It all started back in 1999, before I even was hired by Greenpeace. Reading the most interesting book regarding online publishing ( was what started my interest in ArsDigita (aD), the company founded by Philip Greenspun, the author of that book, and in ACS, ArsDigita Community System, the toolkit developed by aD. This toolkit is Free Software and is based on one of the best Relation Database Management System (RDBMS) that you can find around, Oracle 8i. It has proven to be a very scalable and successful toolkit to build traditional database-backed web sites (aD’s website is build on their own tool, is also based on the same toolkit), e-learning communities (Sloan School of Management from MIT), knowledge management system (Siemens ShareNet), e-commerce (, etc… The toolkit is a framework that you can use to build your own web enabled application. It’s build using three technologies in two tiers. First, the use of AOLServer, the web server that AOL uses (tested in the most demanding production environment in the world, as it is that AOL server sites are the most busy that you will ever find) and that is Open Source, the second technology used is TCL, a programming language that is embedded in the web server and thus provides extremely high performance, and finally, as mentioned before, the use of Oracle 8i. This architecture is optimal for web services where performance and scalability are of extremely high importance.


The original requirements for the Greenpeace Planet were mainly focused on community and content sharing. Since the cost for the system (except the database) was 0 (Free Software), it was an easy way to start testing the core functionalities. This is an excellent framework with most of the functionality that was needed, i.e. collaboration, workflow, content publication, user management, templating and the possibility to modify the whole thing if we want to. It proved to be a flexible solution, well engineered, efficient and would allow our editorial teams to re-use content without major problems.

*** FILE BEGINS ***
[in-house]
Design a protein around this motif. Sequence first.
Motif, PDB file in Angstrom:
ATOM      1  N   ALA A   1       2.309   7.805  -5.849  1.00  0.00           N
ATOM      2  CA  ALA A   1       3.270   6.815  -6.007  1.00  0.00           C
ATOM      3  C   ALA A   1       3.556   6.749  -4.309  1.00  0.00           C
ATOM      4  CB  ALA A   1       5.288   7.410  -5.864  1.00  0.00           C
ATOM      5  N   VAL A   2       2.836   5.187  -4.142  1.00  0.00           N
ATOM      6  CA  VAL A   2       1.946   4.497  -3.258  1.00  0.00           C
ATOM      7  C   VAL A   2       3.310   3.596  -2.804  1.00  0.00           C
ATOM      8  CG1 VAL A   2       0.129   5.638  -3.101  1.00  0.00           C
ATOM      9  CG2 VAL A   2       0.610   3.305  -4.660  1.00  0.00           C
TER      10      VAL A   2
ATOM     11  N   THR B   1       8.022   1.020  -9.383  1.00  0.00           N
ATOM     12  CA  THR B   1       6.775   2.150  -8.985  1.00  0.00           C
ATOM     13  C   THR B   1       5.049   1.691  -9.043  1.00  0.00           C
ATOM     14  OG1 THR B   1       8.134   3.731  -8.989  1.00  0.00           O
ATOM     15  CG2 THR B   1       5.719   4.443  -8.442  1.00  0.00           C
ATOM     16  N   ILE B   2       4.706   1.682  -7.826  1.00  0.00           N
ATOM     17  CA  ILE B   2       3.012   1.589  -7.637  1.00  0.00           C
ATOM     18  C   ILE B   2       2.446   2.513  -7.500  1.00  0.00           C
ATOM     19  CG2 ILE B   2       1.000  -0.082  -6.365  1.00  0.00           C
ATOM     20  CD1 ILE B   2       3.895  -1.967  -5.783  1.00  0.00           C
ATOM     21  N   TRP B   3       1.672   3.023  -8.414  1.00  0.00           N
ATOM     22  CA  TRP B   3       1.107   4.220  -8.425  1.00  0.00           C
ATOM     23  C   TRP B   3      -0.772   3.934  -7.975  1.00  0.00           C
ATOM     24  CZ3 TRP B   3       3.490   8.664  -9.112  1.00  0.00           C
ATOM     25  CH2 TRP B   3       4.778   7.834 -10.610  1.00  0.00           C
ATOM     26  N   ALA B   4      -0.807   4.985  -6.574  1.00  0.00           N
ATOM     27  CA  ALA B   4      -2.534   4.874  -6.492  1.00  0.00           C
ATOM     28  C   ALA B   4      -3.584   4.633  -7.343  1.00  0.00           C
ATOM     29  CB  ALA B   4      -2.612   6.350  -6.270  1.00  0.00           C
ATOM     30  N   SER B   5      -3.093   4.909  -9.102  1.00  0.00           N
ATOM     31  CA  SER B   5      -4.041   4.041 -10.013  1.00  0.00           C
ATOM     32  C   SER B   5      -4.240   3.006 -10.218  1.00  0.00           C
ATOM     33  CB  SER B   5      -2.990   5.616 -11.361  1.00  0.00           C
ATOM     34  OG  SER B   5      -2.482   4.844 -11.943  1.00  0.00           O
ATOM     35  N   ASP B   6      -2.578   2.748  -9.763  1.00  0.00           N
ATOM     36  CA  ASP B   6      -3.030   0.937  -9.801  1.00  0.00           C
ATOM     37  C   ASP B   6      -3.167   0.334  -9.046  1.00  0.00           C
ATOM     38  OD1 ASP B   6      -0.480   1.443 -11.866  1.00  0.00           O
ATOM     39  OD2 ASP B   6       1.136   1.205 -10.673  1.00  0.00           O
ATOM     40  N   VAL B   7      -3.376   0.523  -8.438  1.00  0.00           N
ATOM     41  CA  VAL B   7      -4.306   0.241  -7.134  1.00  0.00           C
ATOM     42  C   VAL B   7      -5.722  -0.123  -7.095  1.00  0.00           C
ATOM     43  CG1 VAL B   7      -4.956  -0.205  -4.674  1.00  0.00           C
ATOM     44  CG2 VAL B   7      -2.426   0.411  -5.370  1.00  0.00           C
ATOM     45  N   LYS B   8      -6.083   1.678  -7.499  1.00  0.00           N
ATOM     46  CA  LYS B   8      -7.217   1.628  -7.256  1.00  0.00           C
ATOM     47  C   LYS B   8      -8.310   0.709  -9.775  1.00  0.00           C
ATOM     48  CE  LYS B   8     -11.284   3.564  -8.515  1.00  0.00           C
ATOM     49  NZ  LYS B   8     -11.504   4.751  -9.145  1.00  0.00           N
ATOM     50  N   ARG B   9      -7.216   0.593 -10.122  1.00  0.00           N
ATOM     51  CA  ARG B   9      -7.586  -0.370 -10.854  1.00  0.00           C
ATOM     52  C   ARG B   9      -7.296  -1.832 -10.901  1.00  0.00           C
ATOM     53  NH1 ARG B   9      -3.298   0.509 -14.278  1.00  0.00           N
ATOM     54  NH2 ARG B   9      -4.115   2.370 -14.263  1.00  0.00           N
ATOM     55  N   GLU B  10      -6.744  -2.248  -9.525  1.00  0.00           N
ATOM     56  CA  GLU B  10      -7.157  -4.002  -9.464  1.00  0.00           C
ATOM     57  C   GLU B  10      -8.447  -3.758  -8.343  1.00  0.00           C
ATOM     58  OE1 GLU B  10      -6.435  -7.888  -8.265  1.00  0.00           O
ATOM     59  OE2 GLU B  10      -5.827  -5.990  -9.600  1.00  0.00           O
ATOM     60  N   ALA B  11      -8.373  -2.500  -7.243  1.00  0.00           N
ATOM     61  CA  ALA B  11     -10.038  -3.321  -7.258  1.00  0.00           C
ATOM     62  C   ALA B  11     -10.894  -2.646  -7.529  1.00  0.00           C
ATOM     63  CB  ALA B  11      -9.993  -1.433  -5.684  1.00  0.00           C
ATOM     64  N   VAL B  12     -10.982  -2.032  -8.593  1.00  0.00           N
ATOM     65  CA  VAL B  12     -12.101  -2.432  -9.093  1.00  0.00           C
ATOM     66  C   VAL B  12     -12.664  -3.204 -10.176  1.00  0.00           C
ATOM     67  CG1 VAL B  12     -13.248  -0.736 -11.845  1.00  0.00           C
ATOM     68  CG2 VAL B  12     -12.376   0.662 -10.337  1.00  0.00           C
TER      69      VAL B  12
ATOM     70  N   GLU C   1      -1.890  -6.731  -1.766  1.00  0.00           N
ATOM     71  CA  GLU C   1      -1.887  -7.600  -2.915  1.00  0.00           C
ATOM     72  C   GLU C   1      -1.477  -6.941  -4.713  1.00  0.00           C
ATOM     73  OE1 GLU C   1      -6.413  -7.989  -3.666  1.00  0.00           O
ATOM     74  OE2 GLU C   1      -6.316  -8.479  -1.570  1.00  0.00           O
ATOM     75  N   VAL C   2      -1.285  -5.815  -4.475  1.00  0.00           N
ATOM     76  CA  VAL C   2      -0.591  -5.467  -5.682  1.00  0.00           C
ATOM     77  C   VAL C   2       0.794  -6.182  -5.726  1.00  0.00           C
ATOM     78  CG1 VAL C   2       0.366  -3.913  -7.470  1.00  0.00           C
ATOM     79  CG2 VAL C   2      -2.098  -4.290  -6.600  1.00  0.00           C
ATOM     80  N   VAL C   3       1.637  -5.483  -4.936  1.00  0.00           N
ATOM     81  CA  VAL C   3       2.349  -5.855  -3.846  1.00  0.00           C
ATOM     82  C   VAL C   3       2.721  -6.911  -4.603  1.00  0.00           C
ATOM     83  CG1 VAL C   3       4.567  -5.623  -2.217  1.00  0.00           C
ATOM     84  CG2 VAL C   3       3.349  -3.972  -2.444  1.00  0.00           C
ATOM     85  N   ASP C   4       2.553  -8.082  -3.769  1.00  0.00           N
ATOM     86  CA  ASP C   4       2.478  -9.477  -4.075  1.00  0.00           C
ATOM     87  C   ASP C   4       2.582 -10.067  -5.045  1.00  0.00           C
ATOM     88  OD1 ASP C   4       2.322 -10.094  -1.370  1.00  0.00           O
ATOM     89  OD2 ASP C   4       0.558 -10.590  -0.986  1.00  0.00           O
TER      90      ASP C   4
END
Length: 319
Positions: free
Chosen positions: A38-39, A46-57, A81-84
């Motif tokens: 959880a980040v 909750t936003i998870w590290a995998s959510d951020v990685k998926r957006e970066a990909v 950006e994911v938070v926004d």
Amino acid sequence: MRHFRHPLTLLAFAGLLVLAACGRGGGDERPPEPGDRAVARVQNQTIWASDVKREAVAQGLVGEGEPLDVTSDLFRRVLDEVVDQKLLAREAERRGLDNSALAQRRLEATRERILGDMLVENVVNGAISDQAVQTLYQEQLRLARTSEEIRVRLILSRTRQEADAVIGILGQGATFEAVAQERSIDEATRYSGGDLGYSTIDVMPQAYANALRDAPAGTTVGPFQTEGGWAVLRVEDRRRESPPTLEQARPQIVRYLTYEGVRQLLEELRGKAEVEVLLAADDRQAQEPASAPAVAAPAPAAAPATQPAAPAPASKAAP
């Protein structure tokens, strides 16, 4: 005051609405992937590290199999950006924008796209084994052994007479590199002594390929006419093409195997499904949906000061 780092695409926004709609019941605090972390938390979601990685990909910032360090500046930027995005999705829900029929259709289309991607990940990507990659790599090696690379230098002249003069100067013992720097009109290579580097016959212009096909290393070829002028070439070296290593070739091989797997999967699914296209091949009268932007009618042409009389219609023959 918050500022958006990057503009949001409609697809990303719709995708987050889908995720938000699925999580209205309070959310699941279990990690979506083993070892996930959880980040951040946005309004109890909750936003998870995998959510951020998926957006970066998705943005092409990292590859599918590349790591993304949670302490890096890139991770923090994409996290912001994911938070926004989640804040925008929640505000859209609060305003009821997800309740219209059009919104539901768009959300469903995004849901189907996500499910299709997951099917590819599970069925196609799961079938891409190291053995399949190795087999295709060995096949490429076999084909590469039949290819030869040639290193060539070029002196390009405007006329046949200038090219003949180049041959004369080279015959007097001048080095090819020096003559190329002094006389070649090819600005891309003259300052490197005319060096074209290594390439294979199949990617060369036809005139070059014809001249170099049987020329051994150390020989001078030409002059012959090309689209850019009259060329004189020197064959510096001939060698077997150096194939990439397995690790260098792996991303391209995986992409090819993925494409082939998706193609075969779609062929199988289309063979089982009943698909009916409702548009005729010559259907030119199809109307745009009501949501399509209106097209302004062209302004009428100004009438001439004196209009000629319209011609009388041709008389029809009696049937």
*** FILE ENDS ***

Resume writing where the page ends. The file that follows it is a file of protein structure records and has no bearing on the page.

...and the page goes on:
Obviously, as well as with any other CMS, a large customization has to be done and this is what we commissioned to various companies. We got the most effective results from companies that were well known entities in the OpenACS community.


We migrated to OpenACS due to the fact that ArsDigita was sold to RedHat in January 2002. This migration was not problematic and was done in less than 2 hours. We can now have all the support from the OpenACS community, which is actively working on new releases of this software, mainly based on code from ACS version 4.2 with heavy modifications to enhance even more the performance and the scalability of it and solving, by the way, some bugs found in the original software.


Bruno Mattarollo


Why Open Source/Free Software?


“Free software” is a matter of liberty, not price. To understand the concept, you should think of “free” as in “free speech”, not as in “free beer”.


Free software is a matter of the users' freedom to run, copy, distribute, study, change and improve the software. More precisely, it refers to four kinds of freedom, for the users of the software:


  • The freedom to run the program, for any purpose (freedom 0).
  • The freedom to study how the program works, and adapt it to your needs (freedom 1). Access to the source code is a precondition for this.
  • The freedom to redistribute copies so you can help your neighbor (freedom 2).
  • The freedom to improve the program, and release your improvements to the public, so that the whole community benefits (freedom 3). Access to the source code is a precondition for this.


A program is free software if users have all of these freedoms. Thus, you should be free to redistribute copies, either with or without modifications, either gratis or charging a fee for distribution, to anyone anywhere. Being free to do these things means (among other things) that you do not have to ask or pay for permission.


You should also have the freedom to make modifications and use them privately in your own work or play, without even mentioning that they exist. If you do publish your changes, you should not be required to notify anyone in particular, or in any particular way.


The freedom to use a program means the freedom for any kind of person or organization to use it on any kind of computer system, for any kind of overall job, and without being required to communicate subsequently with the developer or any other specific entity.


You can find more information about Open Source / Free Software at the following locations:


The philosophy behind Free Software (more information that you could imagine):


Very interesting study about the widespread adoption of Open Source software and the comparison with many studies made by commercial companies selling closed-source software:


Bruno Mattarollo